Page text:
The Nervous System, Chapter 11, Anatomy and Physiology

Central Nervous System
Central Nervous System
(CNS) Consists of the brain and spinal cord
Peripheral Nervous System
Peripheral Nervous System
(PNS) Consists of all nerves and receptors that are not part of the brain or spinal cord.
What are the four major parts of the brain?
What are the four major parts of the brain?
Cerebrum, Cerebellum, Brain Stem, and Diencephalon
What are the three functions of the nervous system?
What are the three functions of the nervous system?
Sensory Function (Afferent), Integrative Function, and Motor Function (Efferent)
What is a Sensory Function (Afferent)?
It carries information from the PNS to the CNS.
What is an Integrative Function?
When the brain is processing the information.
What is a Motor Function (Efferent)?
It carries the motor commands from the CNS to the PNS.
What are the two types of cells in the nervous system?
Neurons and Neuroglia (glial cells).
Neurons
Neurons
It transmits the nerve impulse. Does not replicate nor replace themselves when injured.
Neuroglia (glial cells)
Neuroglia (glial cells)
They are the most abundant nerve cell that supports and nourishes the neurons.
Parts of a Neuron
Parts of a Neuron
Dendrites, Cell body, Ganglion (ganglia), Axon, Axon terminals (synaptic knobs), Myelin sheath (myelin), Schwann cells, and Nodes of Ranvier.
Dendrites
Dendrites
Branchlike part of the neuron that transmits the nerve impulse toward the cell body.
Cell body
Cell body
Located in the CNS and contains DNA.
Ganglion (ganglia)
Group of cell bodies in the PNS.
Axon
Axon
Carries impulses away from cell body to the target organ.
Axon terminals (synaptic knobs)
Axon terminals (synaptic knobs)
Ends of the axon that stores neurotransmitters.
Myelin sheath (myelin)
Myelin sheath (myelin)
White fatty material that insulates the axon and speeds up nerve impulses.
What is the difference between Myelinated axon and Unmyelinated axon?
What is the difference between Myelinated axon and Unmyelinated axon?
Myelinated axons have myelin and unmyelinated axons do not contain myelin.
White matter
White matter
Myelinated axons
Gray matter
Gray matter
Unmyelinated axons
Interneurons
Interneurons
Transmit nerve impulses from one neuron to another.
What are the four types of cells in the CNS?
What are the four types of cells in the CNS?
Astrocytes, Oligodendrocytes, Ependymal cells, Microglia
Astrocytes
Astrocytes
Help maintain our blood brain barrier.
Oligodendrocytes
Oligodendrocytes
Produces myelin in the CNS, can produce enough myelin for 70 different axons
Ependymal cells
Ependymal cells
Line the cavities within the brain and contain cilia to keep the cerebral spinal fluid moving.
Microglia
Microglia
Cleans up the debris in the CNS.
Satellite cells
Satellite cells
Surround neuron cell bodies in the ganglia of the PNS. Help regulate the chemical environment of the neurons.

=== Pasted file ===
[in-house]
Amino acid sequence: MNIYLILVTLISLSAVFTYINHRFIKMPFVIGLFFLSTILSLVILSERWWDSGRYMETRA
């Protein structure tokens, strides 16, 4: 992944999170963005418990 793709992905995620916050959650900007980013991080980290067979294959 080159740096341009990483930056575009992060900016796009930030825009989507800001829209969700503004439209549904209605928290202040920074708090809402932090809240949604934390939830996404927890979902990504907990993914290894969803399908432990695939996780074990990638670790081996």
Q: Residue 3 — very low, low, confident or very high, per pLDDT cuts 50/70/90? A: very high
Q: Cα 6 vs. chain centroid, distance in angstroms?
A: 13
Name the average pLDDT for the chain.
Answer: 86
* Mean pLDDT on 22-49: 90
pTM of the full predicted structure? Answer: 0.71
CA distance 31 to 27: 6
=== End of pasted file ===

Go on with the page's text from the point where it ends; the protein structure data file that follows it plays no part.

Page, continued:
Schwann cells
Schwann cells
Produce myelin in the PNS.
Nodes of Ranvier
Nodes of Ranvier
Gaps between the myelin and is the only place that a nerve impulse can happen.
Blood brain barrier
Made up of tight junctions which prevent toxic substances from entering the blood stream in our brain.
Nerve impulses
Electrical signal from a neuron to another structure.
Action potential
Action potential
Nerve impulse.
Potassium (K+)
We have a lot of potassium on the inside of our cells, which can leak out.
Sodium (Na+)
A lot of sodium is on the outside of our cells.
Polarization
Polarization
The resting state of a neuron, the inside of the cell is more negative than the outside of the cell.
Depolarization
Depolarization
Sodium ions are flooding into the cell.
Repolarization
Repolarization
Potassium is leaving the cell but leaves slowly.
Refractory period
Refractory period
An action potential cannot take place because the axon is busy and directs the action potential to continue down the axon.
All-or-nothing manner
Action potential does not lose strength with distance.
Saltatory conduction
Saltatory conduction
When the action jumps from one Node of Ranvier to the next.
Synapses across neurons
Synapses across neurons
Nerves never touch anything.
Synaptic cleft
Synaptic cleft
The space between the nerve and the next structure.
Neurotransmitters
Neurotransmitters
Chemicals that send a message from the nerve to another structure. Acetylcholine (Ach) and Norepinephrine (NE)
Receptor sites
Receptor sites
Locations on a receptor neuron into which a specific neurotransmitter fits like a key into a lock.
Events at the Synapsis
Events at the Synapsis
1. The nerve impulse travels along neuron A to its axon terminal.
2. The neurotransmitter is released into the synaptic cleft.
3. Neurotransmitter travels across the synaptic cleft and binds to the receptor sites.
4. The nerve impulses travels toward the cell body and axon of neuron B.